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IN CONVERSATION with Michael Maurissens

‘Collaborative creative processes are exciting and fulfilling.’

Dance artist and filmmaker Michael Maurissens for the past 20 years has been forging a unique path of his own -- bringing together his passion for dance with his love for filmmaking and creating films, video projects among other collaborative projects. For the last one month, as BangaloREsident@Attakkalari, Michael has been mentoring the students of the Certificate Programme in Movement Arts and Pedagogy (CMP), sharing his wealth of knowledge in the realm of dance and video. The course has taken the young dancers through different phases of the production of a dance film, beginning with the development of an idea to planning, rehearsals, coordinating with all involved actors and technical equipment, the shooting, all the way to the final editing. 
As his residency draws to a close, Michael sat down for an email interview to talk about the residency and experience of mentoring young and eager minds, his filmmaking career, why he likes creative collaborations and what he will be taking away from his short stay in Bangalore.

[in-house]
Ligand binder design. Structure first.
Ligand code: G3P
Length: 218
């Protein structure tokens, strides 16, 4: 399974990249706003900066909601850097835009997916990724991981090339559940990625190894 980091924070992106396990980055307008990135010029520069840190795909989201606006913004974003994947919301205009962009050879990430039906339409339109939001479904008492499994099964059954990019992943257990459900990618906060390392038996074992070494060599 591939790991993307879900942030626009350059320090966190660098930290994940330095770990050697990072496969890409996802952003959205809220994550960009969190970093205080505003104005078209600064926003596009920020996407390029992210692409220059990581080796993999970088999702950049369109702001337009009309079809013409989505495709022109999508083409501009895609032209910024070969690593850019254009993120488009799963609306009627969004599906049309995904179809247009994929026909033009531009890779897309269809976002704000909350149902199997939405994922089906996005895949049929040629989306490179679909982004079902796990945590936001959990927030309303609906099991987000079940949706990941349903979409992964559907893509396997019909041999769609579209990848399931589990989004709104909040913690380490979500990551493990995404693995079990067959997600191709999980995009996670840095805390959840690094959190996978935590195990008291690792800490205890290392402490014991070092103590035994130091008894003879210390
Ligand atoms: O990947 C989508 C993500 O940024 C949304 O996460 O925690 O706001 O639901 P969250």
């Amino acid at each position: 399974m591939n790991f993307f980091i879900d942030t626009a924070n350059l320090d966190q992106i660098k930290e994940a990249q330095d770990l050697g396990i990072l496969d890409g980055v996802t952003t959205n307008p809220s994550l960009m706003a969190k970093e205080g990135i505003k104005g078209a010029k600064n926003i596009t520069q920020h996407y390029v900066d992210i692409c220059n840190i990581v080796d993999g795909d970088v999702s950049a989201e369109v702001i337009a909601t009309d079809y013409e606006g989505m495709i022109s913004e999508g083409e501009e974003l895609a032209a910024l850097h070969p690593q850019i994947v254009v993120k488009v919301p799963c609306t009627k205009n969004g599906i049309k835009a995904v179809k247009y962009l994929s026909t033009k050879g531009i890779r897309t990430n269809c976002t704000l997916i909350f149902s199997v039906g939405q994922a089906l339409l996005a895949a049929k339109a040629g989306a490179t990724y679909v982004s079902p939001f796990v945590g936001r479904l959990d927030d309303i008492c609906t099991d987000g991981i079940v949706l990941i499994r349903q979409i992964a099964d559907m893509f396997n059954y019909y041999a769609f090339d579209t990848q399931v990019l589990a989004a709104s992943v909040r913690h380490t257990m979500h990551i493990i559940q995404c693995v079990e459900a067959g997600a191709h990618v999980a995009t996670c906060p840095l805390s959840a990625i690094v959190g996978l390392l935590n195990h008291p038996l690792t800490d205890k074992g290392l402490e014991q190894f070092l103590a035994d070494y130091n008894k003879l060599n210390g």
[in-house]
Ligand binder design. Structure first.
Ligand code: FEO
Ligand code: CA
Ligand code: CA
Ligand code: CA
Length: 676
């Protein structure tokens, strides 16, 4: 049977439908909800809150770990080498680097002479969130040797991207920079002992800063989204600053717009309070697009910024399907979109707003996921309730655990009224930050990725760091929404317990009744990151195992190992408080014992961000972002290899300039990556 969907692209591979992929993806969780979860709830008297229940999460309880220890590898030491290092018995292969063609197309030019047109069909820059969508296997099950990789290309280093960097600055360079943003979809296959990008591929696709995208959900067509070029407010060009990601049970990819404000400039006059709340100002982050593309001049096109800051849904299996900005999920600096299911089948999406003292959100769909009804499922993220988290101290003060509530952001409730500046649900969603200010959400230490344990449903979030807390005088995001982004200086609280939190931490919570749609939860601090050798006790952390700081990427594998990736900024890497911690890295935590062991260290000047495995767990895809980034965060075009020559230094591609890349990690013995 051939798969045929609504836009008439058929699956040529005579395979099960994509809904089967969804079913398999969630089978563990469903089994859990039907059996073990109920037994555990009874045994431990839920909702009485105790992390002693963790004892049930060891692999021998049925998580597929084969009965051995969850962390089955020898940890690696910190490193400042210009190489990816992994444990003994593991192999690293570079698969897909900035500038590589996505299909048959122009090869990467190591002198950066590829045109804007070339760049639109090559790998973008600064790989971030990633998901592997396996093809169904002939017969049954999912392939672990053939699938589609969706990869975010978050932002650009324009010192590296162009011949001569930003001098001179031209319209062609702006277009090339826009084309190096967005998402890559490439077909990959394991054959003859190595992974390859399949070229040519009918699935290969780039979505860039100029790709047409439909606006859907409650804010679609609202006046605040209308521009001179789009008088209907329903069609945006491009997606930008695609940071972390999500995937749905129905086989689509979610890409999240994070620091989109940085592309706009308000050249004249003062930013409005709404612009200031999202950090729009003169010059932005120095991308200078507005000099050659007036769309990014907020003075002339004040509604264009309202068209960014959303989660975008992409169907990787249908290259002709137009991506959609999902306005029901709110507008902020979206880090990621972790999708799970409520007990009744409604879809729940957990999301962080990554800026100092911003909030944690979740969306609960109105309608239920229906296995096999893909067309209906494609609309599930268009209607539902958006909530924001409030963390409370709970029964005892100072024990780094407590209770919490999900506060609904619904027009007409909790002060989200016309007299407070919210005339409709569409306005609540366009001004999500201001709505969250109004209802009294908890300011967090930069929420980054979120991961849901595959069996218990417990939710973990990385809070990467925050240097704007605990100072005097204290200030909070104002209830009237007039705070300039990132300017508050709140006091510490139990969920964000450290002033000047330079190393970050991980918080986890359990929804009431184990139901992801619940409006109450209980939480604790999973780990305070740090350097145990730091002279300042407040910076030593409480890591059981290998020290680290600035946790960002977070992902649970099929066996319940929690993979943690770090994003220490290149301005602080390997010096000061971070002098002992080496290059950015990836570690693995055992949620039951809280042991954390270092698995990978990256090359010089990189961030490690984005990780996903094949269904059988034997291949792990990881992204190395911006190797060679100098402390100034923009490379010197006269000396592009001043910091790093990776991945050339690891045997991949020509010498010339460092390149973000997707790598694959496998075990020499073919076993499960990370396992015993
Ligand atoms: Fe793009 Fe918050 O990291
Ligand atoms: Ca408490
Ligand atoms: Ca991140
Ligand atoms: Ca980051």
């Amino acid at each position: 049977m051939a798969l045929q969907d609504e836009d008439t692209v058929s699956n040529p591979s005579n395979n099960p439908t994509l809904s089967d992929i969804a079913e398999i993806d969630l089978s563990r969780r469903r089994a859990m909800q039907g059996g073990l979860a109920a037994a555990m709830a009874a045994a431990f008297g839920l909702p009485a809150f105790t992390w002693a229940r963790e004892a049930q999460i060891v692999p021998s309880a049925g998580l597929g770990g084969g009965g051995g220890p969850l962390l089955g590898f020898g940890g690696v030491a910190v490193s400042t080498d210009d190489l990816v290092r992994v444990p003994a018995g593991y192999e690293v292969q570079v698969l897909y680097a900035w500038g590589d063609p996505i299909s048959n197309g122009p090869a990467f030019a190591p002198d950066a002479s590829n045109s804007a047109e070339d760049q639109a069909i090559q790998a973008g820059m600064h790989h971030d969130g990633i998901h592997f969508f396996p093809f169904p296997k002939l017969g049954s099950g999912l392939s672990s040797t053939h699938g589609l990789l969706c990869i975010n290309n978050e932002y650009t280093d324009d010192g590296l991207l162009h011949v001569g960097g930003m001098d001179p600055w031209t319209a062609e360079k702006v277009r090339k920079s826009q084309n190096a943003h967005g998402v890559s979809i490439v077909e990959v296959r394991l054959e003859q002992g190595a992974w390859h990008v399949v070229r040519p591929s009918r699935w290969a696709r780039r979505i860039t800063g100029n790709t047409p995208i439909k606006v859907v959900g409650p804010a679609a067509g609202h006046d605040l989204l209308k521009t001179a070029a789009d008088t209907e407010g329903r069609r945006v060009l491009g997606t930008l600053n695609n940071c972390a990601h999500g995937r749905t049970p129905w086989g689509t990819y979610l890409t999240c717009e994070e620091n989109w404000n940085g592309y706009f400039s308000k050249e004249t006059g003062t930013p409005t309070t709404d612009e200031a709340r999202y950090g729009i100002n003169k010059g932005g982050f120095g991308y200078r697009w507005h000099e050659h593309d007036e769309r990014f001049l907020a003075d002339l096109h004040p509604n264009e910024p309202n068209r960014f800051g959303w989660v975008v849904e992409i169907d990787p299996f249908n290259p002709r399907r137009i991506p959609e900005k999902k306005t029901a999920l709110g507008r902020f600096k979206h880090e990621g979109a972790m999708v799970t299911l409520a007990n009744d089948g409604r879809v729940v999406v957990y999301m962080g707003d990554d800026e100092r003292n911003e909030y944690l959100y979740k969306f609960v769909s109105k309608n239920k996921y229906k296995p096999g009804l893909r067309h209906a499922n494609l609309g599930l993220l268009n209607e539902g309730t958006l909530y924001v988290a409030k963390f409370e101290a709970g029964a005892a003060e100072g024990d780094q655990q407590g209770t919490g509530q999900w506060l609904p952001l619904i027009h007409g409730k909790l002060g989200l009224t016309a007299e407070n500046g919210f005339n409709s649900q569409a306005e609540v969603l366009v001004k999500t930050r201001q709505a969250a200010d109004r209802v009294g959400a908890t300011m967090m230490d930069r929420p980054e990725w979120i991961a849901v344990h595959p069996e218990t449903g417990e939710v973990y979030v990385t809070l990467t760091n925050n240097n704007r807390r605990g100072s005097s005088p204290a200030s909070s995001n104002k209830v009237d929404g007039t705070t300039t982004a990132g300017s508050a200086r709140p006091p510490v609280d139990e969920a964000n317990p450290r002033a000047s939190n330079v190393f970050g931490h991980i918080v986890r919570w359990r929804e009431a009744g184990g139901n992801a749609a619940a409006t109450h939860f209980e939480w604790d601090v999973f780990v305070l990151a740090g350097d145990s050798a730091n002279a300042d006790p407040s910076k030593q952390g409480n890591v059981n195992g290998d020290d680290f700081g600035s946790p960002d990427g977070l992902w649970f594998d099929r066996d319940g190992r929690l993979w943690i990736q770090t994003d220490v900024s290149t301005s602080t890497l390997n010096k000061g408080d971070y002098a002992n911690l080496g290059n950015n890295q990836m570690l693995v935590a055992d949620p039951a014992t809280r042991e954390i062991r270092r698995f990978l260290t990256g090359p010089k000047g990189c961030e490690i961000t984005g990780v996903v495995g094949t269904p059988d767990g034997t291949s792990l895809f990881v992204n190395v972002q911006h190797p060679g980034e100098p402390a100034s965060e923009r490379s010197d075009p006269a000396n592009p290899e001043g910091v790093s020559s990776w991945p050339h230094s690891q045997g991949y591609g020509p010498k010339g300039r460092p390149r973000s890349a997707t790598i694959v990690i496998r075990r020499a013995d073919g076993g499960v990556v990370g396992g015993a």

Q.  One of the interesting trends the pandemic threw up is that it got performers to embrace technology and the camera/visual medium. As someone who has been involved in both the artforms of dance and filmmaking for a long time, are you glad it happened? Do you think screendance as a concept is here to stay?

Next to the unique experience of the whole world slowing down and each of us being confronted with an odd social and emotional setting, the pandemic has accelerated the use of the digital tool in the frame of artistic creation and experimentation. Screendance as a format has existed for a long time but the explosion of social media offers a perfect platform for dance films to be presented and shared. Screendance has a long way to go. Being in a format that is accessible to everyone owning at least a phone redefines the creative practice and challenges the performance frame.

Q. You have spent the last few weeks with the students of the CMP, training them through the entire process of making dance films. Considering the fact that screendance is becoming mainstream, do you think all dancers should be taught how to shoot dance on camera or even their phones?

Michael: Taking the dancers through different phases of the production of a short dance film helped them understand and practically apply the structuring of the creative process – in terms of basic steps, tasks, responsibilities, team and time management. It is an approach that can be applied in any creative process. Practising dancing for the camera and filming dance are both very relevant exercises for dance artists – to develop their performativity and compose with the visual/graphic perspective of movement in space.

Q. What are some guiding principles that you have shared with your students on how to conceive and direct dance films?